Nevertheless, Kyiv’s allies have doubts about the extent of the success of this offensive because Russia’s defenses are now much more robust. This was underlined by secret Pentagon documents leaked this month, which confirmed that there are fears in the United States that progress “will come far short” of expectations. Last week, POLITICO reported that there are more and more calls in the White House for a negotiating plan to be drafted if the counteroffensive proves unsuccessful.
The U.S. State Department has refrained from officially reacting to the revelations of these documents and has stuck to the official position: “The United States will continue to support our Ukrainian partners and help them defend their territorial integrity and sovereignty for however long is necessary.”
Regarding the possibility of negotiations, U.S. diplomacy indicates that “President Zelensky himself has been unequivocal that this will ultimately have to end through a negotiated solution, but that it has to be on the Ukrainians’ terms.” “It is irresponsible to put these two countries, Russia and Ukraine, on the same level. One is trying to remove the borders of the other, and the other is trying to fight for its life,” according to Vedant Patel, State Department spokesman.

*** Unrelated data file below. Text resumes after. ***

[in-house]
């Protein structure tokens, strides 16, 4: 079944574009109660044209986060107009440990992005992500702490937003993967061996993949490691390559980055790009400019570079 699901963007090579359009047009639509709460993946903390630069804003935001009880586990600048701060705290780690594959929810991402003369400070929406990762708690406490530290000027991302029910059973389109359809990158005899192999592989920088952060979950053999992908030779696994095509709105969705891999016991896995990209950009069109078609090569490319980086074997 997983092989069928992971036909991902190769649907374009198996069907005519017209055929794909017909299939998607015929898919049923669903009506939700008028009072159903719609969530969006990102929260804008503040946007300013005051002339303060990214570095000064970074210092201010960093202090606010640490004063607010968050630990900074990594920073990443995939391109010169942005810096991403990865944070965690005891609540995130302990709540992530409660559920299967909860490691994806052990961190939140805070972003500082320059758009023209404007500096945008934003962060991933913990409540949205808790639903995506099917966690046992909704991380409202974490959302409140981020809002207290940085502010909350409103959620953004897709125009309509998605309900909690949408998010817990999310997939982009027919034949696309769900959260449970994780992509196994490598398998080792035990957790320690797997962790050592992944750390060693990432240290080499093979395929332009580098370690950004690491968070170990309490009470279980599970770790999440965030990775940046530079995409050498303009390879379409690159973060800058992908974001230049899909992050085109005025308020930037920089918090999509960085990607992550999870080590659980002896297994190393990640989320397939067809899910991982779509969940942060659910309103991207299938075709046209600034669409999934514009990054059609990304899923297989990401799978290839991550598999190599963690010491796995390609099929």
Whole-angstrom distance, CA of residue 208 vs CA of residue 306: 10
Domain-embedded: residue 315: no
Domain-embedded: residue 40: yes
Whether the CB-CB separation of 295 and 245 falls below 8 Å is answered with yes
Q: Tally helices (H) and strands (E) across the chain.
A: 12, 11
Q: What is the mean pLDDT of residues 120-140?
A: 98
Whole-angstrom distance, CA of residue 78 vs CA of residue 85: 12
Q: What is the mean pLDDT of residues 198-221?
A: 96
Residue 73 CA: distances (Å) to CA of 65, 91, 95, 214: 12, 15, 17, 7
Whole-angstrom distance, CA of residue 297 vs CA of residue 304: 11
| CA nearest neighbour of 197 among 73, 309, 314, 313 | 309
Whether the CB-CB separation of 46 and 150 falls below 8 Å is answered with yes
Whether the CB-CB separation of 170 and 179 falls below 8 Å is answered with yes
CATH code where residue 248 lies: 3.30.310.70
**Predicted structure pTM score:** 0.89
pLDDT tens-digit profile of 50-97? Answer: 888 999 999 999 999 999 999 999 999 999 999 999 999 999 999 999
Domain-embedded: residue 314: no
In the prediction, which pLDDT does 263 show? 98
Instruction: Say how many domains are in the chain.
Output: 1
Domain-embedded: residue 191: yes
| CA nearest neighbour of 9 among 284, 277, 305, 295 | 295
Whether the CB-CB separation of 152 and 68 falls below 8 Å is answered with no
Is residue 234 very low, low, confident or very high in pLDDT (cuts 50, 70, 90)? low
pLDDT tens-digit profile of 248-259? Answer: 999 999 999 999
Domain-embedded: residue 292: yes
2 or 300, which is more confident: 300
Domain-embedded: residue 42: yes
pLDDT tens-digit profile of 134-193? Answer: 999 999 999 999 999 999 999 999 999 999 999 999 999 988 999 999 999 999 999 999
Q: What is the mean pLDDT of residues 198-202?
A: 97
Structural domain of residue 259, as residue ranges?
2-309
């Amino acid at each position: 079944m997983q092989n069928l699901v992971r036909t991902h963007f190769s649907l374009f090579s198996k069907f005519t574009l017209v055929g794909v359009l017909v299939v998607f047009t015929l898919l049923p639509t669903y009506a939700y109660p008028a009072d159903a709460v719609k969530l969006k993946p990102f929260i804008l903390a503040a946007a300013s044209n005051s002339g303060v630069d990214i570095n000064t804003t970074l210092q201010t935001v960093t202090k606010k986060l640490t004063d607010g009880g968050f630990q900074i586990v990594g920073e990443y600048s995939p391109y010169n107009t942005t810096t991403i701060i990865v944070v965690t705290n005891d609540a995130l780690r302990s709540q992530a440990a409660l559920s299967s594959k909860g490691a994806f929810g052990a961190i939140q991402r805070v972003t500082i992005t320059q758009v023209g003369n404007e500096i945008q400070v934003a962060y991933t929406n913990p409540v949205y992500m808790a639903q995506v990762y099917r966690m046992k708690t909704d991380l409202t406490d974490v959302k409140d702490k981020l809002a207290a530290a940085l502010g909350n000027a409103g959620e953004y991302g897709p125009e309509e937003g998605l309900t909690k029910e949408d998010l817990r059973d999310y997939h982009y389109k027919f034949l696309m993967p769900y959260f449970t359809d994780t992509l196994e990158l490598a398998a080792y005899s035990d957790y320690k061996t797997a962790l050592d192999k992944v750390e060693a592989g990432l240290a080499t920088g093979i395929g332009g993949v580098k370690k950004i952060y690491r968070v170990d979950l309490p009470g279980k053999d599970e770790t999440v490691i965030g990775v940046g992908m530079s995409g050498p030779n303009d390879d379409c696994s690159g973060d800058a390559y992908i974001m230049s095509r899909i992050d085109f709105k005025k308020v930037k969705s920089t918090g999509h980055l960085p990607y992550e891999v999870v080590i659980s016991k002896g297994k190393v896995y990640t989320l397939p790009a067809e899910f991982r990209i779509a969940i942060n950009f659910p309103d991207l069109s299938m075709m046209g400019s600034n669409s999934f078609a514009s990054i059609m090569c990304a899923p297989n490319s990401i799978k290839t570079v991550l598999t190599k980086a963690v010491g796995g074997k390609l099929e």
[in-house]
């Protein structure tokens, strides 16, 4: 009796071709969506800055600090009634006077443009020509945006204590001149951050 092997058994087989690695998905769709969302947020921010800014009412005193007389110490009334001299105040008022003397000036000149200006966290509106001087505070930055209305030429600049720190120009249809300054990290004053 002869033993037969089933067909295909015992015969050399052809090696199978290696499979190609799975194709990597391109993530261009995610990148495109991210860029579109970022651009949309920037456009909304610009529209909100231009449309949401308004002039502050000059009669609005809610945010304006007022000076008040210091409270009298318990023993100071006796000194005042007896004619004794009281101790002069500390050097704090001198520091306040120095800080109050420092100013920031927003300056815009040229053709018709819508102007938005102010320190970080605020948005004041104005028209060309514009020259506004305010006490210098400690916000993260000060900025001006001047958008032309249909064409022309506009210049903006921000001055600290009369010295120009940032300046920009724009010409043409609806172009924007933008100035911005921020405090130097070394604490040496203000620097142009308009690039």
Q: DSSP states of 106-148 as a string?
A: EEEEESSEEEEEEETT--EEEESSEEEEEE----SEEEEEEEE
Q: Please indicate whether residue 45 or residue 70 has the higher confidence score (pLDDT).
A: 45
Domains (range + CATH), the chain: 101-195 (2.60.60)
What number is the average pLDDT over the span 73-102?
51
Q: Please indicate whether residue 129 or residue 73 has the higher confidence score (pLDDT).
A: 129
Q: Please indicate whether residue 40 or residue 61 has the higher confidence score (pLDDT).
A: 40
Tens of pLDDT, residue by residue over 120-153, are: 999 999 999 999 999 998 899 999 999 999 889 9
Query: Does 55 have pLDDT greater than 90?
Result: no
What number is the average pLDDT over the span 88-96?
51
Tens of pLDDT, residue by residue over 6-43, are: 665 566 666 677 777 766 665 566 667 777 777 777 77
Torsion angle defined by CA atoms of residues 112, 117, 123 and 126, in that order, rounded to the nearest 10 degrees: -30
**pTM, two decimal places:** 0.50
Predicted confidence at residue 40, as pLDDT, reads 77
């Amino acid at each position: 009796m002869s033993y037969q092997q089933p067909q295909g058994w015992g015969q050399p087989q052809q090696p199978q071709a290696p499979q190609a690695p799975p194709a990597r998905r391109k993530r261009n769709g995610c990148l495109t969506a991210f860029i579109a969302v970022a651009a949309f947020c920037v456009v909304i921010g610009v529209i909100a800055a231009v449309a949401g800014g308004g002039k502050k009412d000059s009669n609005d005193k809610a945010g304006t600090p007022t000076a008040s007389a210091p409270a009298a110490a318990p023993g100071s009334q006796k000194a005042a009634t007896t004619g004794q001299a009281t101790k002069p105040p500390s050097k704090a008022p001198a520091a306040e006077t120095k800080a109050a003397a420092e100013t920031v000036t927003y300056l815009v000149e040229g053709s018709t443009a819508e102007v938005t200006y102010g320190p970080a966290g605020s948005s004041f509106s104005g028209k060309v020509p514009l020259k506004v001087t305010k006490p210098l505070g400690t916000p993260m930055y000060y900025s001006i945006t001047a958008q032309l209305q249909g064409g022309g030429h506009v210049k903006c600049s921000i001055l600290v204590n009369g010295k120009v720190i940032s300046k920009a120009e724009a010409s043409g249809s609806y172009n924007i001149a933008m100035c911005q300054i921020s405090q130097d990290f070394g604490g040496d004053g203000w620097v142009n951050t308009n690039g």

The U.S. government skeptically welcomed the peace plan outlined by China last month, and the official stance has once again been voiced by the National Security Council spokesman, John Kirby: “The only agreement that we feel is worthwhile is the one that President Zelensky believes to be.”
The Ukrainian government is fully aware that its partners’ credit may run out. Its foreign minister, Dmytro Kuleba, warned in March in The Financial Times that it was necessary to lower expectations regarding the counter-offensive because it could transmit the message to the international community that after this operation, little more will be achieved by military means. Defense Minister Oleksii Reznikov reiterated the same sentiment on Thursday: “There is too much enthusiasm regarding expectations about the counteroffensive.”
Authorities in Kyiv do not want to back down now in the face of attacks against its population and its territory, strongly condemned by the United Nations and the vast majority of the international community. Nobody in Ukraine advocates negotiating anything with Russia that does not first require the withdrawal of its troops from the invaded territories. However, Kuleba pointed out in an interview with EL PAÍS in July 2022 that there are other options on the table. This time, the Foreign Minister assured that it is conceivable that Ukraine will one day join the EU with Russia still occupying part of its territory, as is the case with Cyprus, a member of the European Union despite its territorial sovereignty being under military dispute with Turkey.